I must admit that, for reasons unknown to me at the time, a chill — a shock wave — went through me. I uneasily countered: “The baby is a boy, and I am only his doctor.” The expression on her face did not change. I assumed she was either senile or demented, and proceeded with my exam.
As I was dutifully completing the electronic medical record with my back to the nameless baby, I sensed a surge of positive energy in the nursery. I turned around and noted the adopting father beholding the boy, his face glowing with admiration. His wife was holding the sleeping infant in her arms for the first time in a state of paralyzed emotion — so much so that I felt compelled to interrupt the sacred silence.
“Everything is perfect!” I diagnosed in my hackneyed way, as I had done for countless years. “Let’s take some pictures. I am glad that we rescued him from that artificial parent, “MamaRoo,” contraption! We laughed, and what ensued was very joyous. I realized my relief that the old woman was gone.
“I will leave you guys alone to admire your son,” I remarked. “We should see him in the office on Tuesday. And be sure Tiny Dancer comes too. You will all be so happy!”
However, as I left the hospital, an old scenario from years gone by unabashedly leaked from my aging brain:
A dainty, long-anticipated baby, born about 2 hours before, lies quietly in a warmer in a large empty recovery room — empty because it is 5:30 in the morning and her mother is undergoing dire emergency surgery to attempt to stop a massive postpartum hemorrhage. The baby does not know that her mother will not die, that the bleeding will be controlled without a hysterectomy, that she will subsequently have 3 loving brothers whom she will eternally dominate, or that she will have a happy life. The father does not know this either, so he has spent the past two hours in desperate loneliness, hiding in a bathroom stall, praying and bargaining with his Creator. When he finds out from the surgeons that his wife will live, he finally seeks out his daughter in the barren recovery room. (He’d barely had any chance to behold her because of the chaos that followed the delivery necessitating his prompt evacuation from the room.) He remembers that it was a girl and remarks to himself that she is singularly beautiful. He holds back his tears because he knows he will not be able to do so when he sees his wife. He makes a solemn promise to his Creator that he will never keep her waiting or allow her to be lonely again.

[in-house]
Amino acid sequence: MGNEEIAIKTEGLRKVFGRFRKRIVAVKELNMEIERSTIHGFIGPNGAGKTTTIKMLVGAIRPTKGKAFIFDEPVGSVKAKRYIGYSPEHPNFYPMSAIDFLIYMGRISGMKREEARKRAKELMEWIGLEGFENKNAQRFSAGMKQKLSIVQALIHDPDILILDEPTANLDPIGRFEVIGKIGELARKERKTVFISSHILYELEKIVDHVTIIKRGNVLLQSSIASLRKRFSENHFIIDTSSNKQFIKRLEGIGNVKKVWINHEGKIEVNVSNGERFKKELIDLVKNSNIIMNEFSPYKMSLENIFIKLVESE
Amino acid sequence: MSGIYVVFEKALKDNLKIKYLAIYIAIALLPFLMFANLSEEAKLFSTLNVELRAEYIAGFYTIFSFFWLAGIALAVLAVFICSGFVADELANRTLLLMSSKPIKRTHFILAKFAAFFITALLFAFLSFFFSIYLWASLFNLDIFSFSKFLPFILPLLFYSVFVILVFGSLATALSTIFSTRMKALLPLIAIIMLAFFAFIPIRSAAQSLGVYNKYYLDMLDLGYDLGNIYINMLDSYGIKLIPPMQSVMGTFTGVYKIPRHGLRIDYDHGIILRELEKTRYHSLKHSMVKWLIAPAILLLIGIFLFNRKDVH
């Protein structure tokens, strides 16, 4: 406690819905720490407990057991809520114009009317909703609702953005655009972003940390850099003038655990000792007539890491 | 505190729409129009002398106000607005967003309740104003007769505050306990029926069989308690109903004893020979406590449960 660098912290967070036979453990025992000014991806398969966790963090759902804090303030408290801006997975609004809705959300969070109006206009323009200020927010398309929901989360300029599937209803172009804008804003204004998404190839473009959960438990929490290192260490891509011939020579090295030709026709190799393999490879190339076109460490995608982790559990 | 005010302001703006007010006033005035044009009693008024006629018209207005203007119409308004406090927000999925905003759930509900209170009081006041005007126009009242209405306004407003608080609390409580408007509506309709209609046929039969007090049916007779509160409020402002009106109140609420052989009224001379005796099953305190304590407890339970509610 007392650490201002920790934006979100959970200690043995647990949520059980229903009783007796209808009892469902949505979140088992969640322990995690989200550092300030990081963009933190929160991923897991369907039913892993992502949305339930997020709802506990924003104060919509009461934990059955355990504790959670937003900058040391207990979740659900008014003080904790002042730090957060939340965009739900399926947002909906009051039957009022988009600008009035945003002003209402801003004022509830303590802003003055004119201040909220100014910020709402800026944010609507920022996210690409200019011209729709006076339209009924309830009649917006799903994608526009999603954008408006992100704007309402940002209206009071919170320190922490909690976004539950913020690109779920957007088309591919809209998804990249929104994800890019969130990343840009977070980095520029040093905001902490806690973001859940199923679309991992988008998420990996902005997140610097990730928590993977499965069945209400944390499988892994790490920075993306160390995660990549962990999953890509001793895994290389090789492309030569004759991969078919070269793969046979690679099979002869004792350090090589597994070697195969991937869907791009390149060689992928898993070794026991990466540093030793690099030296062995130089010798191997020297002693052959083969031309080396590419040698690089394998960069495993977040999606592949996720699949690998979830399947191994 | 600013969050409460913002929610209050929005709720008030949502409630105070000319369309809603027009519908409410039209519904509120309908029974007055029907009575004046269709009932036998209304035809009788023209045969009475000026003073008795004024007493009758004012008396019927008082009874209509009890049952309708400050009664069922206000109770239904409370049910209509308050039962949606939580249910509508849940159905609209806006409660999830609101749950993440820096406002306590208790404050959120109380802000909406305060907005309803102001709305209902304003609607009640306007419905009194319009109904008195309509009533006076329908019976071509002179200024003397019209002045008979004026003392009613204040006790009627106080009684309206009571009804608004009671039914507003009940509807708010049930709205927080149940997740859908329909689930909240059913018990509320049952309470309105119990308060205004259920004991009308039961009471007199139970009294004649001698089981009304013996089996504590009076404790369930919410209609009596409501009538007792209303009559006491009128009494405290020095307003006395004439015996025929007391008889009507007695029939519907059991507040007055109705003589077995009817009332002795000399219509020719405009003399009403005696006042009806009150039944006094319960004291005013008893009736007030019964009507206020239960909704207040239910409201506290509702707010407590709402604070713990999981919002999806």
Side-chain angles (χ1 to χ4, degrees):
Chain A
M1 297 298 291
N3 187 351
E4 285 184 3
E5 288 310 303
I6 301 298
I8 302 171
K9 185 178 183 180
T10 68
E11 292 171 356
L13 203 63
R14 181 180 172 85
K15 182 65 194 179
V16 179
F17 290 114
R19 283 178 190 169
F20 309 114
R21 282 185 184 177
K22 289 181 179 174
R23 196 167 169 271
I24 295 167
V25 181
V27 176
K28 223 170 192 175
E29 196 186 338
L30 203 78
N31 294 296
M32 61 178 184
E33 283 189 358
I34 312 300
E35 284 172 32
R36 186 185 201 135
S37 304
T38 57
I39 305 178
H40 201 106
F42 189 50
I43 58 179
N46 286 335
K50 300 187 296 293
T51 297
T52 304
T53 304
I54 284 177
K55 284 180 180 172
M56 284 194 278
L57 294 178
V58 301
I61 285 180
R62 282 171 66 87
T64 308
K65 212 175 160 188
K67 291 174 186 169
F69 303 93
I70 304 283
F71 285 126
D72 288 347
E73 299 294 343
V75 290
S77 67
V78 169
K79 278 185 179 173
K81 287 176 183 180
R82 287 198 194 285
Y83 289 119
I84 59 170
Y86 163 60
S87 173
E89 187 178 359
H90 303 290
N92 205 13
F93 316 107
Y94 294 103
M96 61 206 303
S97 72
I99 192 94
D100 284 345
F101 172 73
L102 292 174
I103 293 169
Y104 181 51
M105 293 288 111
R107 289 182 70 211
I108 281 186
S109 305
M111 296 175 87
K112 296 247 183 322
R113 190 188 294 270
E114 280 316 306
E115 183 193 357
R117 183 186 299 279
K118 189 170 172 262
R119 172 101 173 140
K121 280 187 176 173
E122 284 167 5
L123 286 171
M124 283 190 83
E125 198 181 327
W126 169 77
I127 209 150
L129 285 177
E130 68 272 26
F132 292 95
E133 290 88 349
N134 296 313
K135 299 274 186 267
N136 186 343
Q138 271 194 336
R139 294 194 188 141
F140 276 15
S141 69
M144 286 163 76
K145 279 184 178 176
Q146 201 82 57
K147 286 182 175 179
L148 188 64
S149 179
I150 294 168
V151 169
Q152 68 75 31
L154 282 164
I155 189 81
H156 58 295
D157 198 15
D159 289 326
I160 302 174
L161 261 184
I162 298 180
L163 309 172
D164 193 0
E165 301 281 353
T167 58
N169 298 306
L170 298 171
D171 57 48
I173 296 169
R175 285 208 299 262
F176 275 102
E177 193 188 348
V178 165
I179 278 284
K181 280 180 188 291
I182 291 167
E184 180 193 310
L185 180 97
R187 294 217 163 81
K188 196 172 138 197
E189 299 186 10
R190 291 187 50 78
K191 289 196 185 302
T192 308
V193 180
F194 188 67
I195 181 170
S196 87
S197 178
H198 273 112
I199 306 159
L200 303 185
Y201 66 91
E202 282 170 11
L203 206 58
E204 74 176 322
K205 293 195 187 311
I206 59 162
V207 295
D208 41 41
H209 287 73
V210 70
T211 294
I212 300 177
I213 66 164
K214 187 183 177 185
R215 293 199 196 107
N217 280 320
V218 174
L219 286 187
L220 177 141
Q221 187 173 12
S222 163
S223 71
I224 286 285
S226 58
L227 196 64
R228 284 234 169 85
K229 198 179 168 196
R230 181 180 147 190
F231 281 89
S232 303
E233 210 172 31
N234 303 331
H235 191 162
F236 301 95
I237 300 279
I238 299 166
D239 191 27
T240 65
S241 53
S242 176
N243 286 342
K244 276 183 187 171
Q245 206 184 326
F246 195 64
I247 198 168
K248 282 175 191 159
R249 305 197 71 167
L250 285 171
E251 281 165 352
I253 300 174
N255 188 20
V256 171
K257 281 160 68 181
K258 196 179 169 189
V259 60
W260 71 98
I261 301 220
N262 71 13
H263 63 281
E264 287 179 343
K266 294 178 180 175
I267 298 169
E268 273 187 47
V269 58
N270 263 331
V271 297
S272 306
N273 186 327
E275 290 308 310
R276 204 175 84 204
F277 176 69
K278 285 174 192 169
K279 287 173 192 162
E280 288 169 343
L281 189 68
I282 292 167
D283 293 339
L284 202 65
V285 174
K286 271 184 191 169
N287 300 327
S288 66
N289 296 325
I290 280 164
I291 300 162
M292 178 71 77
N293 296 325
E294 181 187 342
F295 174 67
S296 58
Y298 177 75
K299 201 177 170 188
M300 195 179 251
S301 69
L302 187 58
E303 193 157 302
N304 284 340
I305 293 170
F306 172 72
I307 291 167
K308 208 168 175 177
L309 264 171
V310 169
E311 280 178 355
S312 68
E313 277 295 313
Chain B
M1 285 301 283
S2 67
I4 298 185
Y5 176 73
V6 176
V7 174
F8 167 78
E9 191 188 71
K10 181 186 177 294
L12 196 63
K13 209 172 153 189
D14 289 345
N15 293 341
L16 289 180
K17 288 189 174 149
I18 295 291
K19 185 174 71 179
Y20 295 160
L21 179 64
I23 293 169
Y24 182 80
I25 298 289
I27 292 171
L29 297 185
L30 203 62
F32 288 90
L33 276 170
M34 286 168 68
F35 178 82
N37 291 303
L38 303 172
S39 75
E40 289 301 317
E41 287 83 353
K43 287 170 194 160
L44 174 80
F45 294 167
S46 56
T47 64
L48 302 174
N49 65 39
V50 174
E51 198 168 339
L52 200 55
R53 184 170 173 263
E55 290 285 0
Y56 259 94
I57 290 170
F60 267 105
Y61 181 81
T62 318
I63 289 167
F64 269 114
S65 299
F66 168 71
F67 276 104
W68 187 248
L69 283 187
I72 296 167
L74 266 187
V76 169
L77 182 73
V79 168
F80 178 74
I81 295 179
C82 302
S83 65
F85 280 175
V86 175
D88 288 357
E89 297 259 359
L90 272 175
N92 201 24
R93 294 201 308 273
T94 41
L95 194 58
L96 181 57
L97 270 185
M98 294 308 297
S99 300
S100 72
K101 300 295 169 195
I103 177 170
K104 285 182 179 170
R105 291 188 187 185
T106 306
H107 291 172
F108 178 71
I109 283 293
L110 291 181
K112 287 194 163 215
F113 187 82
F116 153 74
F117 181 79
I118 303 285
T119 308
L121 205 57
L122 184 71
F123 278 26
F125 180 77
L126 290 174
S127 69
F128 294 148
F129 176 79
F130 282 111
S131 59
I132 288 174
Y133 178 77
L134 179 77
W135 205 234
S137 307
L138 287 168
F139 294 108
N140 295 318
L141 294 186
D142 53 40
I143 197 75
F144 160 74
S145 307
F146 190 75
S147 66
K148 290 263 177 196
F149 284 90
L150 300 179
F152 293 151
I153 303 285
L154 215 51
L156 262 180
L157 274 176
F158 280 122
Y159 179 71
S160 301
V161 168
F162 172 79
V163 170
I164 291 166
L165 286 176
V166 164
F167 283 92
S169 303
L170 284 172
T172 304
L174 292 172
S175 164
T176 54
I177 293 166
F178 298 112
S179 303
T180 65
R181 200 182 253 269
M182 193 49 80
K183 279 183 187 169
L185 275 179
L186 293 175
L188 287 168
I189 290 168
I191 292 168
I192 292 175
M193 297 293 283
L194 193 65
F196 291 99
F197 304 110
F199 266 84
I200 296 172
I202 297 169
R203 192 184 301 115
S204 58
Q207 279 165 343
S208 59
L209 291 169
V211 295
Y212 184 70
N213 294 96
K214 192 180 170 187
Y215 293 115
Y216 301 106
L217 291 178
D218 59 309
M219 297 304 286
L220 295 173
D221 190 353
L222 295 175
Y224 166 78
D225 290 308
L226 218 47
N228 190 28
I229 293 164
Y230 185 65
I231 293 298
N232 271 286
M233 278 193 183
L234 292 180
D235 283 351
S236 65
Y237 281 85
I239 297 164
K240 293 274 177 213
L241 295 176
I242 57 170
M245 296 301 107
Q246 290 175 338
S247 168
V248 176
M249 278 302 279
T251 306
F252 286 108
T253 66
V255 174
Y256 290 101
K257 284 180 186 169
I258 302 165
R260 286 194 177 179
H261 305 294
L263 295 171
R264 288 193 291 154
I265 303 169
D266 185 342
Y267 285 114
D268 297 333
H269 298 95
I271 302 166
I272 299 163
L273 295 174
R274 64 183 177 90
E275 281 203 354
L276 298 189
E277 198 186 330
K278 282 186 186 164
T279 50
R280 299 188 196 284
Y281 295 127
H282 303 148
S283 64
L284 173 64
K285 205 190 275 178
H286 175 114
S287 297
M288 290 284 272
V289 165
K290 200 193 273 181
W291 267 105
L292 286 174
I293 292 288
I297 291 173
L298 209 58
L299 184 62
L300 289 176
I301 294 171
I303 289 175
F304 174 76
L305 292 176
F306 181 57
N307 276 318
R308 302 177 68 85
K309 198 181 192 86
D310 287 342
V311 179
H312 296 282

By the time I had made my way to the parking lot my mind was engulfed in philosophical commentary. In the overall scope of things, what is a mother and what is a father? Is it not true that we all can have many surrogate mothers and fathers? Am I not, as a pediatrician, at certain times a parent to the children I try to care for? Am I not their third parent? Is not my main professional responsibility to dispel fear and anxiety? Or to stop a bleeding heart? Or to starve the dark side of the soul? Was I the baby boy’s parent in the eyes of his Creator for that transitional half-hour in Magee’s nursery? Does a fetus know that it will be adopted? Does it care? Perhaps these questions can only be answered by a poet — or a mystic — or by one who is demented.
On the road again and back — on the treadmill of life — my leaky mind turned to more immediate and practical matters. Little Man Aidan was waiting for me. Would he finally be well enough to be able to ditch his cool sunglasses? I would have to eat a hearty lunch with my wife to make up for my “Breakfast at Magee.” And the currently nameless baby boy will never want for love, I was sure of it, because Leo Tolstoy was absolutely right when he declared: “All happy families are alike.”
P.S.: As for the mysterious old woman, I imagined that our encounter was also nothing more than an accident.